I saw a shooting star tonight. It arced down across the dark Sandias, sparkling as it fell over the twinkling city below. Simple and profound, it seemed a fitting end to this evening.
I spent the night at the Launchpad, an Albuquerque bar a block away from the now-closed Gorilla Tango Theatre, a building which was my second home for almost two of my four years in this city. The last time I was at the Launchpad was 2003, a few months after I moved here. Then, I went to see Mistletoe, a band featuring a guy I was dating at the time. After their set, I sat with him at the merch table, losing myself in the familiarity of fan/band banter, a ritual I'd grown fond of while dating Nat – though, as I told Doug and Rory tonight, there are few fans more awkward and annoying (and, I must admit, sweet in their way) than worshipful, drunk sousaphone nerds. Sitting there while he chatted with fans, I recognized a familiar sticker on the table: an orange YoungBlood Brass Band logo, from their "Unlearn" tour. It was a moment of dizzying vertigo, of new life meeting old, a little of Oregon in New Mexico.
I had another such moment tonight. Doug (and later, Tony and Rory) and I went to the Launchpad to hear my friend Dave's band Cougar play. I sat up in the balcony, surrounded by my New Mexico friends, watching an old friend from high school play. Oregon meets New Mexico. Watching from above, I realized I've been listening to Dave's music for eleven years now, since those first One Lard Biskit shows at the tiny House of Sounds in Madison when so many of us would pack into the room that an open door would reveal clouds of steam into the frigid February night air. There is a comfort in this: touchstones, rituals, moments you return to throughout your life which serve to remind you that it's a continuous journey. That you're living the same life, still, that you're the same person, still, as you were as a spazzy, happy high school sophomore.
New Mexico captured my heart the second time I saw its low brown hills, its soft violet mountains in the first light of morning. My first time here, I was a baby – one, maybe, or two – visiting my grandparents who lived in Alamogordo. That visit, I don't remember at all; I know it only through photographs of one year old Molly petting a boa constrictor at a New Mexico zoo. The second time, in March of 1995, I came on tour with the Oregon High School orchestra. As our plane landed in Albuquerque, I looked out the window and saw a coyote keeping pace with us along the runway, and I remember in that moment feeling certain that I was the only person on the plane – the only person in the world – who saw it. On that trip, I fell in love with these modest mountains and this endless clear sky. I remember sitting next to the Taos River for what seemed like hours, letting the land make its imprint on my skin.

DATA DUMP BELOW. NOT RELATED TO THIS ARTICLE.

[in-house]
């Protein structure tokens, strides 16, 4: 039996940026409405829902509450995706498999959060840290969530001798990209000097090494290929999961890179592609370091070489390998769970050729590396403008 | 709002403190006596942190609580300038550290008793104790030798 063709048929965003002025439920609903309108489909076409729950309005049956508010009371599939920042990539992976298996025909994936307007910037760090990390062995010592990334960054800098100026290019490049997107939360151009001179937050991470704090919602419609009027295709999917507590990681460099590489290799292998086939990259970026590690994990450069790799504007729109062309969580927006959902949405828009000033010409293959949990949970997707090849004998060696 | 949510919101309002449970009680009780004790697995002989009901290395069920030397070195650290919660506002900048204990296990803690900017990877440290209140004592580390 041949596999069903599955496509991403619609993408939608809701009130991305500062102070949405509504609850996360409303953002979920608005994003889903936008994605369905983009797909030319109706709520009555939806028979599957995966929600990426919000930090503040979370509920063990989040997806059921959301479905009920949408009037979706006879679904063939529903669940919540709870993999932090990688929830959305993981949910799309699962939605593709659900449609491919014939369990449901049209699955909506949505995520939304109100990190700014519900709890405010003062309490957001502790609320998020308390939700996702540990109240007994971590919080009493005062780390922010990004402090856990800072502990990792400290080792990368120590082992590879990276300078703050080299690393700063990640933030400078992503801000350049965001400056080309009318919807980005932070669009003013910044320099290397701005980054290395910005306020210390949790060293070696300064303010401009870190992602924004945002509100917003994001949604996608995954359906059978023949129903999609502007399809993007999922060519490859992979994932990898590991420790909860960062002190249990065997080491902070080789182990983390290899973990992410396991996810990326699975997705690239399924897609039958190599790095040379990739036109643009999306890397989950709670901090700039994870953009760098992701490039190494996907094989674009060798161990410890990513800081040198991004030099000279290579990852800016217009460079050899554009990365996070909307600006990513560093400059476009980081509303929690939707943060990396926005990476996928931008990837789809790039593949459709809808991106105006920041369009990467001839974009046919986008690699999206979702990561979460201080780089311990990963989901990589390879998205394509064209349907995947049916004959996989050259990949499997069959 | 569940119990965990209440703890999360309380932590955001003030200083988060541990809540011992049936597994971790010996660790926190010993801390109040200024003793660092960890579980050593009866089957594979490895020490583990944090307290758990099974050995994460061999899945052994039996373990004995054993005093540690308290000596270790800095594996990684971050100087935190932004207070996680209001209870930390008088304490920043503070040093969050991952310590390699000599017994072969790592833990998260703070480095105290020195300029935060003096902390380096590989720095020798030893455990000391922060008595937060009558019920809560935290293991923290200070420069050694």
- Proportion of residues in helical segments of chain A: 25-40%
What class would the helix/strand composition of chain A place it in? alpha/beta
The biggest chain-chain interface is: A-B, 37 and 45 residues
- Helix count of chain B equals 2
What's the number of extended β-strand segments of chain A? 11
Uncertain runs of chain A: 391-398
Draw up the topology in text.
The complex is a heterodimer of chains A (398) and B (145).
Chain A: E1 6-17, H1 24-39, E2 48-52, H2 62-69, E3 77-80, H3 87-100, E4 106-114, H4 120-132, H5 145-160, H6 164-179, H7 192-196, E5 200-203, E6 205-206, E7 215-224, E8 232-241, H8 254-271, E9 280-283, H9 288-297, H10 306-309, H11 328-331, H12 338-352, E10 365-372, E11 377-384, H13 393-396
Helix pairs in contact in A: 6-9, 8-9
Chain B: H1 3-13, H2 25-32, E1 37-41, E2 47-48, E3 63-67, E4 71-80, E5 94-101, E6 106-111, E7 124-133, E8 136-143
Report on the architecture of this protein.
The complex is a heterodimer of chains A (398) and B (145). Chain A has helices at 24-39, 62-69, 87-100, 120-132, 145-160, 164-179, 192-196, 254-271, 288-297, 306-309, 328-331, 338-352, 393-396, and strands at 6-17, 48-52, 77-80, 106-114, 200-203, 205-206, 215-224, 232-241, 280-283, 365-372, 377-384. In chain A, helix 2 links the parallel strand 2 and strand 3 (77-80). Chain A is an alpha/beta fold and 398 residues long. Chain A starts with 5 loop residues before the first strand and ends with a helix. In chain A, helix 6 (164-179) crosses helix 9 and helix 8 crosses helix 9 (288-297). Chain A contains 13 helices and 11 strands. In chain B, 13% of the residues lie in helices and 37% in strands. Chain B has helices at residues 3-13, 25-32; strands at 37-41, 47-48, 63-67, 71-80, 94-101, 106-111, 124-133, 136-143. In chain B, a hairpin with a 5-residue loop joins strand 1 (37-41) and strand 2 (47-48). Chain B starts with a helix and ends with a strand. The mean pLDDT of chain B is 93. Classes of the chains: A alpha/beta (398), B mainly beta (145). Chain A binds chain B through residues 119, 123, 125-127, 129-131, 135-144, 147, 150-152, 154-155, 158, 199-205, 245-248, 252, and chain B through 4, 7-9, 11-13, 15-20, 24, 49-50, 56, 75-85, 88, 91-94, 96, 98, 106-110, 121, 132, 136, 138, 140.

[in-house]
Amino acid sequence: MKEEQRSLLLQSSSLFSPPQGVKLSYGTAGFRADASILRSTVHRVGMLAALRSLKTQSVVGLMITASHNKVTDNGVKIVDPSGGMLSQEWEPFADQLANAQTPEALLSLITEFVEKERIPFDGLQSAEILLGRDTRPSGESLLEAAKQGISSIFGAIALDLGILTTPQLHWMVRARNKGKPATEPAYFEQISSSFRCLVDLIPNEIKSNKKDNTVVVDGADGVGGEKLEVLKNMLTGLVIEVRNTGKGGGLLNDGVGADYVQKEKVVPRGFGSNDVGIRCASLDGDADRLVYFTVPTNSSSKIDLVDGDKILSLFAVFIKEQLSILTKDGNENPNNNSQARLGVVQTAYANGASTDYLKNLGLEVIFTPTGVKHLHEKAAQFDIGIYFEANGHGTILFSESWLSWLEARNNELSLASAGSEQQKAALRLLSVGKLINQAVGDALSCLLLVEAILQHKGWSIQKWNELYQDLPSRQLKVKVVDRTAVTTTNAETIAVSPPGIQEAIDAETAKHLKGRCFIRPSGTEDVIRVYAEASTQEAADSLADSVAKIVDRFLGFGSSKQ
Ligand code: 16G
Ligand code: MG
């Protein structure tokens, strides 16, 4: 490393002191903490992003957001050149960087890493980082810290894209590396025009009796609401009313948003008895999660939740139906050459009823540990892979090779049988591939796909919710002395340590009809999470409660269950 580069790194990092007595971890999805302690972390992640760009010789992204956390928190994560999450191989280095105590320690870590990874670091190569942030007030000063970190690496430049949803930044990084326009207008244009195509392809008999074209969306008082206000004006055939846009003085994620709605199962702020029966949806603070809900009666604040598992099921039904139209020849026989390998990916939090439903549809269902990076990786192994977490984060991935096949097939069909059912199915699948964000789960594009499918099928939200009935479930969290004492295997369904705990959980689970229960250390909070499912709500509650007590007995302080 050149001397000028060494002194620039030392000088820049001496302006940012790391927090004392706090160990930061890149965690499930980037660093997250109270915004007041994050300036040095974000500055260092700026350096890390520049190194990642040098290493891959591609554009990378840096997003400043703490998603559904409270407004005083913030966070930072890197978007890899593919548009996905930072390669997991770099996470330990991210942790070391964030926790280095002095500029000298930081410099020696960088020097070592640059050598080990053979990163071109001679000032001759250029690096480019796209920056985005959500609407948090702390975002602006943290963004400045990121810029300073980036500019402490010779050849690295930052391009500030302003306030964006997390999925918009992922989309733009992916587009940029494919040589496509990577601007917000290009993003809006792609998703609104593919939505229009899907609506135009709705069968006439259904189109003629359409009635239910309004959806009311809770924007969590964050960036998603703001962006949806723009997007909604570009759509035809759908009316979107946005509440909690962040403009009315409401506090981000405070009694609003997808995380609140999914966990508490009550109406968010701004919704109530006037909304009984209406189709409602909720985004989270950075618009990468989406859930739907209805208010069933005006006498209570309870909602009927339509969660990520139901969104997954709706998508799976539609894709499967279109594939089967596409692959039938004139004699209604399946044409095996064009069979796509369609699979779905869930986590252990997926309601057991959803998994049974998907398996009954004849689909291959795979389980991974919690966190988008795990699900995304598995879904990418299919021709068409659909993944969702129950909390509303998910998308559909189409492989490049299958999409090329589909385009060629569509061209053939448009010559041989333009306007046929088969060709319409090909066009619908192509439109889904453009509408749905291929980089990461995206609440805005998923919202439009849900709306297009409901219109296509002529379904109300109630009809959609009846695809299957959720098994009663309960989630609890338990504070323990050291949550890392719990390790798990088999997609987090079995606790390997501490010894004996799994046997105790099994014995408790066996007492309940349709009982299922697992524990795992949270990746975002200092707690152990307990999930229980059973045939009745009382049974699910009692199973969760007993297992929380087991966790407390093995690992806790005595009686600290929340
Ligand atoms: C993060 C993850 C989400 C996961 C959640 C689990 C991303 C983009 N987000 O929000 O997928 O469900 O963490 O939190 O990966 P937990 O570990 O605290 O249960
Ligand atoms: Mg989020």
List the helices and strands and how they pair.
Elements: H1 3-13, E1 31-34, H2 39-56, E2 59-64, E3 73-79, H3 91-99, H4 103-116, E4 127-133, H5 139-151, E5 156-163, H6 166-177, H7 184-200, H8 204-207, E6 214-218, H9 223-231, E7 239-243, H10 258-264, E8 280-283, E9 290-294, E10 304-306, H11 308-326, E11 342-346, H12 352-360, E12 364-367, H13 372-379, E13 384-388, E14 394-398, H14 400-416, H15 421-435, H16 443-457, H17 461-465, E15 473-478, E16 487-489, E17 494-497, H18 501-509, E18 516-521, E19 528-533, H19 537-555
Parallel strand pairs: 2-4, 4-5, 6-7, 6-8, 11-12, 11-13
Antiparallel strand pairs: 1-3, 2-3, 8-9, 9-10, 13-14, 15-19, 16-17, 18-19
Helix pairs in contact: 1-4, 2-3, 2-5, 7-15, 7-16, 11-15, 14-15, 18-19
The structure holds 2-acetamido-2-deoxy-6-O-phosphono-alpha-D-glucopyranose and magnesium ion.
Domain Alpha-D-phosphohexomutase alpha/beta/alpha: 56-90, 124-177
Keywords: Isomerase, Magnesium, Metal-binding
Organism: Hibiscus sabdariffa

Tonight as I watched the band, I remembered that trip. Dave's parents were chaperones, and his mother took care of me when I fainted at a concert (Marcy Rosen, cellist). Later, Judy told me to give myself permission to follow my dreams, to give myself the luxury of a year to do exactly what my heart told me.
My heart told me to move to New Mexico.
When I was in Wisconsin over the holidays a few weeks ago, I sat in my childhood bedroom and flipped back through my senior yearbook. I almost didn't recognize the person it belonged to – there were pictures of me I couldn't remember posing for, and long, fondly written signatures with which I couldn't match faces. But then, in the senior index, I found myself: "Molly Backes: Moving to the mountains of New Mexico with my pet donkey and career as a writer."
Recently, my students wrote mid-term reflection papers, looking back over 2006 and ahead to 2007. One student, an 8th grader, said that the biggest accomplishment of 2006 was beginning to know herself, to figure out who she really was, a project she intended to pursue through 2007. I found this to be incredibly charming. Pausing by her desk, I said quietly, "I love this. I think it's extremely important. And believe me, it's a lifelong goal. I'm still figuring out who I am, to this day."
Lately, I've felt more like myself than I'd felt in a long time, as if I am once again rediscovering Molly Backes, who she is at the core. I am at once the person I am now, in this moment – teacher, writer, friend – and the person I was at 14, discovering New Mexico for the first time, and the person I was at 22, coming back to this familiar sloping horizon, wandering out in the desert at dawn.
Hearing Dave play tonight bookended my time here – in a sense, reassuring me that 15 year old Molly was here too, wandering through the Plaza in Santa Fe, talking to the Skogens, falling in love with this land. Oregon meets New Mexico; this is who I am today. Instead of a donkey, I have a fat, sleepy brown dog, and though it may not be a career, I have written three novels, a number of short stories and poems, and hundreds of journal pages, here, in the mountains of New Mexico.
Just as I said I would.